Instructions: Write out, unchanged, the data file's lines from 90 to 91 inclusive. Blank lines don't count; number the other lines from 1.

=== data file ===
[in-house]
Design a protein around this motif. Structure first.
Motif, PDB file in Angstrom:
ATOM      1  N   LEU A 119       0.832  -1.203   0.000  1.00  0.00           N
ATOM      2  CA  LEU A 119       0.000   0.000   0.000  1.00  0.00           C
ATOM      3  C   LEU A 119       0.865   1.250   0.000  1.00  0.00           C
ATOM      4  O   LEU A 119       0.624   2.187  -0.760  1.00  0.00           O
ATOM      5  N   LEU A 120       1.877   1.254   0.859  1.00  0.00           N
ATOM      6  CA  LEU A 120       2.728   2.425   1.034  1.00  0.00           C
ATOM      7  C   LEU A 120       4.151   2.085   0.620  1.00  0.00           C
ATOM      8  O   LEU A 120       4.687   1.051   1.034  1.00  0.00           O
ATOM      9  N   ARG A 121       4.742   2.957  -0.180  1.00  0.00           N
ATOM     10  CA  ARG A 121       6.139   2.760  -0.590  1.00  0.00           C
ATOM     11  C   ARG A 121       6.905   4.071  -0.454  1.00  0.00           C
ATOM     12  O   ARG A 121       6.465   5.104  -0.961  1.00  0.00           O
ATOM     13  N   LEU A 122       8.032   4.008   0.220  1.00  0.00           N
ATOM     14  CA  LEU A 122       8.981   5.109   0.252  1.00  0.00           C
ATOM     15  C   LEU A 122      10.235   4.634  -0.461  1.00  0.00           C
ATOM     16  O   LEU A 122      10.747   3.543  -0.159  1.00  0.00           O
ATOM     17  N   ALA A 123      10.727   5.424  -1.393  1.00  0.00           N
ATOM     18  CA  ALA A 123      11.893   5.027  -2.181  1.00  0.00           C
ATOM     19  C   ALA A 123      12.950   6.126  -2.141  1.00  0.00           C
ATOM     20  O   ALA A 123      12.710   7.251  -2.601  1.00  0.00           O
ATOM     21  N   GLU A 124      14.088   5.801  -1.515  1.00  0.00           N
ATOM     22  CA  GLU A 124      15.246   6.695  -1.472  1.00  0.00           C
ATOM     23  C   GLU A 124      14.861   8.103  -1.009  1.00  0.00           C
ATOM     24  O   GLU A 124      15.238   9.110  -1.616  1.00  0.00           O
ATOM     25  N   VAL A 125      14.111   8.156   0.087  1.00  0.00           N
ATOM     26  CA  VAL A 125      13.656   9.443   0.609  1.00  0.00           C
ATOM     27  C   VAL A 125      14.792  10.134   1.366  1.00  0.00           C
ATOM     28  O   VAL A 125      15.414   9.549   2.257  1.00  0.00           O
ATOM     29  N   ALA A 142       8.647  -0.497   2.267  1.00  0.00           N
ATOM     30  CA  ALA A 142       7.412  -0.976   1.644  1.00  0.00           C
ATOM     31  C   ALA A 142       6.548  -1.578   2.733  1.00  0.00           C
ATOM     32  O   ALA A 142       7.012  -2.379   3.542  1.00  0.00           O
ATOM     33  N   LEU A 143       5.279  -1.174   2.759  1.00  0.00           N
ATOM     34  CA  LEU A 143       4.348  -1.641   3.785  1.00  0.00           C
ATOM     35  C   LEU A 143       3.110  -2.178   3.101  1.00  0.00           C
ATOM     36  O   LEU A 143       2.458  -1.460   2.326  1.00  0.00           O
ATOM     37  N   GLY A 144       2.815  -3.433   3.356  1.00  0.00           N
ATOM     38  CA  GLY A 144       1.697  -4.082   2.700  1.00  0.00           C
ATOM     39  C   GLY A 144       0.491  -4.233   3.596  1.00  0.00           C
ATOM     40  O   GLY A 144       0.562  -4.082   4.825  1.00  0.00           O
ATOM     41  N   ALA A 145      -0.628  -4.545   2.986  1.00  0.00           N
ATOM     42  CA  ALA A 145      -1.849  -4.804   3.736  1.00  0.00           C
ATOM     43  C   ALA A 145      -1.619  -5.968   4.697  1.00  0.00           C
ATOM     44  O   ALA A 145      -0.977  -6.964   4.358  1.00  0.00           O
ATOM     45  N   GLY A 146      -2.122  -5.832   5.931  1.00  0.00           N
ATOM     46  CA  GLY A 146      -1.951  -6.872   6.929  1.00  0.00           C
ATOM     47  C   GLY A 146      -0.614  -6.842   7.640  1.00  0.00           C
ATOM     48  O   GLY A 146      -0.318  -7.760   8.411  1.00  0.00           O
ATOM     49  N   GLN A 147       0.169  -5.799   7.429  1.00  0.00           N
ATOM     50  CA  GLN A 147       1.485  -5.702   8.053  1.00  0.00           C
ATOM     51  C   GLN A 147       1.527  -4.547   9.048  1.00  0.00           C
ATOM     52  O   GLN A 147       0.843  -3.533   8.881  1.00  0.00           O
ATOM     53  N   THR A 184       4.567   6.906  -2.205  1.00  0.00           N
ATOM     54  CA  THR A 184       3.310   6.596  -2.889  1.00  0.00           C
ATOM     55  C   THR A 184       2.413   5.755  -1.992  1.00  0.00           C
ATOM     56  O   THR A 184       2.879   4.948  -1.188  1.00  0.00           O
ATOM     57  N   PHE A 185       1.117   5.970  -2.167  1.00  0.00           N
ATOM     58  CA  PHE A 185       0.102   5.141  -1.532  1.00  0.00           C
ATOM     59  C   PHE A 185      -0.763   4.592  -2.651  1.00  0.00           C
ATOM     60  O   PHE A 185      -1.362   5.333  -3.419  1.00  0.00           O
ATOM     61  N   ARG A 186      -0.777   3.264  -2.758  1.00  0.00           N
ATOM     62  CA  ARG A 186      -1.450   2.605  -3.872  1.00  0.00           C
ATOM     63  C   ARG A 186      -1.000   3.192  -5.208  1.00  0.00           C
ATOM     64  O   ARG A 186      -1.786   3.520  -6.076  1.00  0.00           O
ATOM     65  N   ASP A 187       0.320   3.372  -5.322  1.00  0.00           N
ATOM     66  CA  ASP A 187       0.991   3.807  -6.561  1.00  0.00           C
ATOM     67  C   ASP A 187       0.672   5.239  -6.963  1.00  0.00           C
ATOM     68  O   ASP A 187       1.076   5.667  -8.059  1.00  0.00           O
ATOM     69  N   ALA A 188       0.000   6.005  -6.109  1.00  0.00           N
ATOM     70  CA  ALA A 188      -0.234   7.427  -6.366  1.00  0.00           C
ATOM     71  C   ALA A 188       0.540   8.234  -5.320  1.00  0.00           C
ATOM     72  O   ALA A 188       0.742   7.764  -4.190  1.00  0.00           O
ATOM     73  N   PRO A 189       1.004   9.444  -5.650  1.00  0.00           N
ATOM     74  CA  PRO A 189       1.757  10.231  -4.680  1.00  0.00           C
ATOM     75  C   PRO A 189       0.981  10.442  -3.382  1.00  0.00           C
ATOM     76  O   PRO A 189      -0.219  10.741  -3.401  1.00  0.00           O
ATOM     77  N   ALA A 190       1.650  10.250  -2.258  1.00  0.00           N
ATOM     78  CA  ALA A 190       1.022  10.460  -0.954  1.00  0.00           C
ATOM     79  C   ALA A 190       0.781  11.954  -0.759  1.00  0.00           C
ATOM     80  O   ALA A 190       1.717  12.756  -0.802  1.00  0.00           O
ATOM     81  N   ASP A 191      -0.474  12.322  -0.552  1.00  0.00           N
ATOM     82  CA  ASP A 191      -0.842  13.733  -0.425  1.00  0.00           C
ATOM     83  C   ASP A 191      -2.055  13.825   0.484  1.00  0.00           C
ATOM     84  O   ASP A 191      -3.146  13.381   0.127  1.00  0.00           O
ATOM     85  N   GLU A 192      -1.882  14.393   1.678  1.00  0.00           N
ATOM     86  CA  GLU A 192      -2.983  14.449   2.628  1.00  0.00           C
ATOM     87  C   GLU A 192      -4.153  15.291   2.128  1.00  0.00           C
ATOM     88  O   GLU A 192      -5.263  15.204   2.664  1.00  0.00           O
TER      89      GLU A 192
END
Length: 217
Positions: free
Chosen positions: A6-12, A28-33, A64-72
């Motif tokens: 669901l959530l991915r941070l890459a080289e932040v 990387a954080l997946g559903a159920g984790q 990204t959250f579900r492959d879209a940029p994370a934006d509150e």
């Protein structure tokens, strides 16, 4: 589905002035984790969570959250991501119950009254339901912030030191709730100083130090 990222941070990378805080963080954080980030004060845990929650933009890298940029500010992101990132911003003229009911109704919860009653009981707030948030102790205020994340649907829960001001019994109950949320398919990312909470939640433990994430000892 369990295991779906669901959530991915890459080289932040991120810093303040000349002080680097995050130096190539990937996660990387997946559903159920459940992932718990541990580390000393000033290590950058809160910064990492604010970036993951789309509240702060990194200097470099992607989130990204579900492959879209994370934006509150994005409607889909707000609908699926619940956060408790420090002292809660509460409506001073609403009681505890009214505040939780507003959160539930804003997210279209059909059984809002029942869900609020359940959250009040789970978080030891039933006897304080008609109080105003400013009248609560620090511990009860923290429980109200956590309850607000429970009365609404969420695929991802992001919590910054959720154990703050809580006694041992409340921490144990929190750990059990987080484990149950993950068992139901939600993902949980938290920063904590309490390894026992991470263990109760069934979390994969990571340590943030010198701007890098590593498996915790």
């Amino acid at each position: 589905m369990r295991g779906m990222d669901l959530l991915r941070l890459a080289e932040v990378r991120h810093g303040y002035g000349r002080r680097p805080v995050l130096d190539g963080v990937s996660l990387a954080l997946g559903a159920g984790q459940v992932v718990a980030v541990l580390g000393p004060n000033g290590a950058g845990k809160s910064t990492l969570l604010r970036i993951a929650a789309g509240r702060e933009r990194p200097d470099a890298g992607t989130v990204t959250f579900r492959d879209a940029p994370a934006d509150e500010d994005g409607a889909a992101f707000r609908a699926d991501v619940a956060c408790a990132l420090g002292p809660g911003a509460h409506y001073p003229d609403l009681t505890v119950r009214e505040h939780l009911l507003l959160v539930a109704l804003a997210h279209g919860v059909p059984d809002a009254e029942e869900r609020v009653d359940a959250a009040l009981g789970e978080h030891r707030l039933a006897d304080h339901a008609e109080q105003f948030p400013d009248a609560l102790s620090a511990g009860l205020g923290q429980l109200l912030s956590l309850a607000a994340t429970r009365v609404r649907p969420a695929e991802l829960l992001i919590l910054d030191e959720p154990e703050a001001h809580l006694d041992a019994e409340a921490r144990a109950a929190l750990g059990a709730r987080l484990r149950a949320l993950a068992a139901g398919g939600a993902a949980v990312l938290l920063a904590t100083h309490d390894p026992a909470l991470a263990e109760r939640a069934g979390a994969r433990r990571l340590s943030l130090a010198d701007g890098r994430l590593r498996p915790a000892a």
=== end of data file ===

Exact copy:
ATOM     87  C   GLU A 192      -4.153  15.291   2.128  1.00  0.00           C
ATOM     88  O   GLU A 192      -5.263  15.204   2.664  1.00  0.00           O